In the days leading up to Christmas in 1914, soldiers on both sides of the conflict abandoned their trenches and ventured onto that deadly stretch of ground along the Western Front–not for the want of war, but for the possibility of peace. As history has borne out on so many other occasions, there are wiser men among the ranks even when there are only fools at the top. And that simple fact holds true both on and off the battlefield.

I have no idea how Frank Stem would view the current standoff  at the 38th parallel. But my recollections of this intelligent, decent man lead me to believe that he, like myself, would be immensely concerned that the fate of so many lives are dependent upon the diplomatic skills of Donald Trump or Dennis Rodman.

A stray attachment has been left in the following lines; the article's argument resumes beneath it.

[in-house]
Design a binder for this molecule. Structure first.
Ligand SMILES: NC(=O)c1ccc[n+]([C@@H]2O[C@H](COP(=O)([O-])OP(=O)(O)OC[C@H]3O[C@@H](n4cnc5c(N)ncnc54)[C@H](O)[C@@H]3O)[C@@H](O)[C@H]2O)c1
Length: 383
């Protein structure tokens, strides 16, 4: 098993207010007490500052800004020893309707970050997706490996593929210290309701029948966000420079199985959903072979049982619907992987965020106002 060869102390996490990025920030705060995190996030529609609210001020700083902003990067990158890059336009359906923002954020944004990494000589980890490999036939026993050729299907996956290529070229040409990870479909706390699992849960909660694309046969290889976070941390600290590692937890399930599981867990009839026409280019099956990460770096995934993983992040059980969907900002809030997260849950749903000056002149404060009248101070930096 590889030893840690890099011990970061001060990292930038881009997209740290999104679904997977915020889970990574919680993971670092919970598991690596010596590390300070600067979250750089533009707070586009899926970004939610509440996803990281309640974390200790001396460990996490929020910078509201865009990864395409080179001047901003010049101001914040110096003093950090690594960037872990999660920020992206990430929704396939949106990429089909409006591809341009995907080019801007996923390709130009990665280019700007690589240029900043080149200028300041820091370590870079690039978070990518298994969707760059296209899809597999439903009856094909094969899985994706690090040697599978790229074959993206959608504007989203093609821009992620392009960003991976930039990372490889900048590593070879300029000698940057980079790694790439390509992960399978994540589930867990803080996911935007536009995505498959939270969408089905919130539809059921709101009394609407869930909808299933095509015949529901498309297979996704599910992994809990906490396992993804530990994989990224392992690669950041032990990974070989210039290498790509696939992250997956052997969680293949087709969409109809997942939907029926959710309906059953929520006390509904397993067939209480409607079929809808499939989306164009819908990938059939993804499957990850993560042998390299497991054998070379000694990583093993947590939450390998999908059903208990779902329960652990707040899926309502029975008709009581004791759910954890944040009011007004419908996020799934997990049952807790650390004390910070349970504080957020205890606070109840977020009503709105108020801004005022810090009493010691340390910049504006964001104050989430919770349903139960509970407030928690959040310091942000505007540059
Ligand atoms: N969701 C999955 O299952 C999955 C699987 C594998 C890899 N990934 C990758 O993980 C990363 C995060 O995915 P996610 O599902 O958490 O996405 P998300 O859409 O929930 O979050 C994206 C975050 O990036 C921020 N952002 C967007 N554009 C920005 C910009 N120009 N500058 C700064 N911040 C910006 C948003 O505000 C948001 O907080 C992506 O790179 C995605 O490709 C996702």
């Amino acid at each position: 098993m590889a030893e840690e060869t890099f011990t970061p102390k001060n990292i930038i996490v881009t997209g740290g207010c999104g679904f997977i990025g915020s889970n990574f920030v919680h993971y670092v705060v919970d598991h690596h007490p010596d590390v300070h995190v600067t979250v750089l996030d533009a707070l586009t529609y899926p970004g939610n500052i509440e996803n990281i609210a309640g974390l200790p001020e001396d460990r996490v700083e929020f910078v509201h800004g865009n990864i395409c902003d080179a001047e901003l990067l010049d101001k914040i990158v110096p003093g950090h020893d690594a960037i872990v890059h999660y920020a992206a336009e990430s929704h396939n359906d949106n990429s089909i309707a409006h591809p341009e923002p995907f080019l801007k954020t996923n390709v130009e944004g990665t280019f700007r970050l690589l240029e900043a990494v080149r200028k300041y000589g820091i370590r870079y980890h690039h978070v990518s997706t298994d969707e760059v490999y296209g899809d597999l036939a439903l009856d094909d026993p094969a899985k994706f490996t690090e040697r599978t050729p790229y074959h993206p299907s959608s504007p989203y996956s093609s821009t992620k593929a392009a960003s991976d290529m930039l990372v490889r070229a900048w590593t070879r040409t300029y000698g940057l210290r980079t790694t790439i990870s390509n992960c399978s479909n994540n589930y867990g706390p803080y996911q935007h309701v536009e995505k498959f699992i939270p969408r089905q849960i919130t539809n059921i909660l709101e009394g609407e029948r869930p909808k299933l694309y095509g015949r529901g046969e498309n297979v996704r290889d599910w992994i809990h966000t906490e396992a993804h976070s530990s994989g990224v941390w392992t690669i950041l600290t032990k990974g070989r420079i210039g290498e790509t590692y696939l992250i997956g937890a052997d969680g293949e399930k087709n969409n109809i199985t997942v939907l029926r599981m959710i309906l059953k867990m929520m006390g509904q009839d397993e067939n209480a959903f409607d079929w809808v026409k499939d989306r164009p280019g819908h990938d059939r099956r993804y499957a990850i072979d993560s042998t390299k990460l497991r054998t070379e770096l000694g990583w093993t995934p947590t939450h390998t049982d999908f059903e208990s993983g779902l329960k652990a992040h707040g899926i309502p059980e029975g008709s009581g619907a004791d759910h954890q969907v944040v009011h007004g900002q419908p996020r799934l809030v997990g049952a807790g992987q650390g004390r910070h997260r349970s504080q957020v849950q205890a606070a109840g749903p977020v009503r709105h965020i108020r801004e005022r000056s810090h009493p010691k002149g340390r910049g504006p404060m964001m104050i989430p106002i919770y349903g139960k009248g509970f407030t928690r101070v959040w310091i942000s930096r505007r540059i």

In keeping with those other Christmases past, we at American Public House Review raise a glass to all our  men and women in the armed forces of the United States. We pray for their protection and safe return–and we look to that day when none of our soldiers will have to spend another holiday in harm’s way!

This haunting and poignant piece by John McCutcheon continues to capture that sentiment best.

Posted by: Chris Poh for American Public House Review

%d bloggers like this: